Williams, Jazz Carl. Unfinished Episodes – Spain. May 2019.

Zakharova, Anastasiya. Feminism – Russia. August 2019.

Forthcoming

CW 38 – Italy – Sara Deiana
CW 39 – Montenegro – Nikolina Pavicevic
CW 40 – Columbia – Christian Escobar
CW 41 – Kenya – Kenn Mwangi
CW 42 – Pakistan – Muhammad Kashif Shahid
CW 43 – Tunisia – Sarah Turki
CW 44 – Estonia – Margot Arula
CW 45 – Ghana – Kwasi Amankwah Awuah
CW 46 – Dominican Republic – Aura De Los Santos
CW 47 – Montenegro – Nikolina Pavicevic
CW 48 – America – Talia Stotts
CW 49 – Philippines – Kristian Uusitalo
CW 50 – Hungary – Zoltan Monar
CW 51 – Syria/UAE/Egypt – Ahmed Ibrahim
CW 52 – Nigeria – Ethelbert Umeh
Source: The Codex of Uncertainty Transposed

Transposing emblem by Peren Çakir

When we were living in Buenos Aires with my spouse, we asked one of our close friends to cat sit for our two pets while we were on vacation. During our two-week absence, our landlady was handling the repair of our broken WiFi and would be contacting our friend to sort out the details. One day, the landowner called her to ask for the WiFi password. When our friend replied “evaperon123,” our landlady screamed: “How can this be? I am sure the former tenant set up this password. I would never set such a password.” Realizing how she may have overreacted, she continued: “I don’t know what you think of Eva Peron and I do not want to start an argument about this.” To which our friend replied: “No problem.”

Monte Vera, Argentina – Mirrored – Diego Müller

As a Turkish couple that had escaped severe political polarization in Turkey, we were surprised to find out that even a simple password could lead to a political argument. Eva Peron was the wife of Juan Peron, founder of Peronism and the leader of the Argentine working class during the 1950s. She became a phenomenon for her activities regarding economically disadvantaged people, especially for women and children. Millions of people cried during her funeral, while a considerable number of others were glad to see her gone. Those were the ones who believed that Peronism was just another name for a type of populism, which they blamed for everything that was wrong with Argentina.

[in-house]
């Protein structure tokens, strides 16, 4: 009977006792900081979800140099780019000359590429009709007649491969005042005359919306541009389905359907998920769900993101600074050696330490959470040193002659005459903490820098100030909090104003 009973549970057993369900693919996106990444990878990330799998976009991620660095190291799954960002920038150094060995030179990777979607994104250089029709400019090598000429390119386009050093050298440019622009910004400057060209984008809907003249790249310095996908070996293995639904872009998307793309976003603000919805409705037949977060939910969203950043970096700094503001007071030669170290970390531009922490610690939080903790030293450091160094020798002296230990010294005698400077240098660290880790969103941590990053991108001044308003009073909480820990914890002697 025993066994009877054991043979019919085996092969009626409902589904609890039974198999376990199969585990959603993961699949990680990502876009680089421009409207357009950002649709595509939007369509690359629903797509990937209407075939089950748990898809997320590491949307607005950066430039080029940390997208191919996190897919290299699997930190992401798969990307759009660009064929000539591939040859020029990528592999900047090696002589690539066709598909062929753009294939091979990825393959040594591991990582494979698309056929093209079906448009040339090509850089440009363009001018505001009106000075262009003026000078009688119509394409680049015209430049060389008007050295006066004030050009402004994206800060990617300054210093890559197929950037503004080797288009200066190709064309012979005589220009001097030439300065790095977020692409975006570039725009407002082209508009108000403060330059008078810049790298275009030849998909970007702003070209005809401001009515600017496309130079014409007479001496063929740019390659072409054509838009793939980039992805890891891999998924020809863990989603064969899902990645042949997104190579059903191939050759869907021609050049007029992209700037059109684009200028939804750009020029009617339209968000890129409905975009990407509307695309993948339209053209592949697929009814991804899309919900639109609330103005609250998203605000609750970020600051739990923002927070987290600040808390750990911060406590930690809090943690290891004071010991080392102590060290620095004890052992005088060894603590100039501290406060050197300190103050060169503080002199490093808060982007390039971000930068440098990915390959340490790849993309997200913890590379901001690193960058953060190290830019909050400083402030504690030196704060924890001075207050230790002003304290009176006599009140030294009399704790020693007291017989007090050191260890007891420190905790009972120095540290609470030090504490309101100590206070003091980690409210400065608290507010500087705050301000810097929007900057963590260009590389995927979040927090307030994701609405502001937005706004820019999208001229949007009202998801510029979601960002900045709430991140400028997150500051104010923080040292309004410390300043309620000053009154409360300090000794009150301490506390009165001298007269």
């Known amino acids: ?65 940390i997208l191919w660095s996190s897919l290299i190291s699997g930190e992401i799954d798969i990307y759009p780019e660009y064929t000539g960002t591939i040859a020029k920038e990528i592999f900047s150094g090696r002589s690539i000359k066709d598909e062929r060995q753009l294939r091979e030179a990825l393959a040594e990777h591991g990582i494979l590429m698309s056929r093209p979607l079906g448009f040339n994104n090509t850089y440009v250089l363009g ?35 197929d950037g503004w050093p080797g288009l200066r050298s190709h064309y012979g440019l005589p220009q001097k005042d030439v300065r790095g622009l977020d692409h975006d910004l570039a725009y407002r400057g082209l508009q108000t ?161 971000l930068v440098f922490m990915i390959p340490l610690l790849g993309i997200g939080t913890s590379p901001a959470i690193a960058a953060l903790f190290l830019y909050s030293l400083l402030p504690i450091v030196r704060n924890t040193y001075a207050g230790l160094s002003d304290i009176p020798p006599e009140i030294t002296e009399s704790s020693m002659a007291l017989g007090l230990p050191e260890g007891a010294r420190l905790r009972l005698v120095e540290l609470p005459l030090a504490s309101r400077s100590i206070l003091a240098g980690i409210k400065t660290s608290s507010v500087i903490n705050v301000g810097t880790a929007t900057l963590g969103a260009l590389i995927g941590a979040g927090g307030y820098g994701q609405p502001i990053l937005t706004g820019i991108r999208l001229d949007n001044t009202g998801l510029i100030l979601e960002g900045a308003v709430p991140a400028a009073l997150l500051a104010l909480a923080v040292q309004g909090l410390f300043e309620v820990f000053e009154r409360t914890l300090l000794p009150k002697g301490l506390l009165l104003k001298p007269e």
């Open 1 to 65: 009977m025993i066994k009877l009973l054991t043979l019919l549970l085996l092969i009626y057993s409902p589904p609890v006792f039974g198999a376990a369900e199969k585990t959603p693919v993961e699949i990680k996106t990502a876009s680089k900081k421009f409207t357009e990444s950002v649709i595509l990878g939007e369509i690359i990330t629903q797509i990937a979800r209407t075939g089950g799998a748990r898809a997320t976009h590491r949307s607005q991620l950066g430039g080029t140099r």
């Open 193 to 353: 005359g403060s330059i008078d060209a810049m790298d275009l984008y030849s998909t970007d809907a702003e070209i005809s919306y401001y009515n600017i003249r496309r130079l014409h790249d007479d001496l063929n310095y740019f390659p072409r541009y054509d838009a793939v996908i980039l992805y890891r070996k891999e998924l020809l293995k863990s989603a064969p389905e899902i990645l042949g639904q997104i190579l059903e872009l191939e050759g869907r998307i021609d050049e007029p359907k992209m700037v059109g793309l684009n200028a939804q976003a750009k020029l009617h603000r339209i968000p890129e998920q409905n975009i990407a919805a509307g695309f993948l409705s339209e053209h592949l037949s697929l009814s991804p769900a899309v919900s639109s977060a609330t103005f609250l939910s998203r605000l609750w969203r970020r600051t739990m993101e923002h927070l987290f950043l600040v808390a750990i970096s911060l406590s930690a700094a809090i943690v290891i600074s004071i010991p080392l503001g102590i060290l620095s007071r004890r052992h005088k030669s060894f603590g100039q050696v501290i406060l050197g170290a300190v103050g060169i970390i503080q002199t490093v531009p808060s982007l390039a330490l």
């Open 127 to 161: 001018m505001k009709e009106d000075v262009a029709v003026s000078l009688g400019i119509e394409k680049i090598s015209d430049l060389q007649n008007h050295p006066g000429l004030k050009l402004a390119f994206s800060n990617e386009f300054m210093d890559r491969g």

Buenos Aires, Argentina – Osvaldo Pugliese Monument – NRuArg

Peronism gained a foothold in the war against communism, but was interrupted by several military coups. The latest coup was directed against Isabel Peron, the wife of Juan Peron on March 24, 1976. Isabel Peron had to deal with her decreasing popularity, financial instability, inflation, international isolation and violence, which led to the 1976 coup. During the so called “Dirty War” between 1976 and 1983, it is estimated that 30,000 people disappeared. Many of them were intellectuals, students and labor union staff. In 1983, the path to democracy was restored. March 24 was declared the Day of Remembrance for Truth and Justice in 2006, and, since then, thousands of citizens commemorate the victims of the military dictatorship.

Buenos Aires, Argentina – Libertador Avenue – Buteo

Mauricio Macri was elected as the president of Argentina in 2015 by gaining 51.4% of the vote. This marked the end of a 12-year Kirchnerist period, which based its policies on supporting low-income classes and creating a national and independent economy after the big economic crisis in 2001. Macri promoted himself as the harbinger of change, promising to cut ties with the Peronist history that had entangled Argentina for the last 70 years.

Many of Macri’s supporters, who belong to the middle and upper-middle classes, perceive Peronism to be one of the historical problems for Argentina, as it promoted a populist culture and prevented the revival of Argentina. They severely criticized the economic aid given to low-income classes as well as other countries in Latin America, while they saw Macri as a crucial actor for profound cultural change and a more prosperous economy.

Buenos Aires, Argentina – In the rain – Patricio-Murphy

However, according to Peronists and leftists, Macri was aligned with the global ruling class, who trusted that he would implement their economic policies. This caused a 1000% increase in public tariffs, decreased retirement pensions, a 100% devaluation in 3 years, and 60% interest rates without any decrease in the 40% inflation rate, and ultimately stagflation. Moreover, the reluctance of the middle class to provide free healthcare and education services to foreigners in Argentina is worrisome, as it would taint Argentina’s image as a country welcoming immigrants.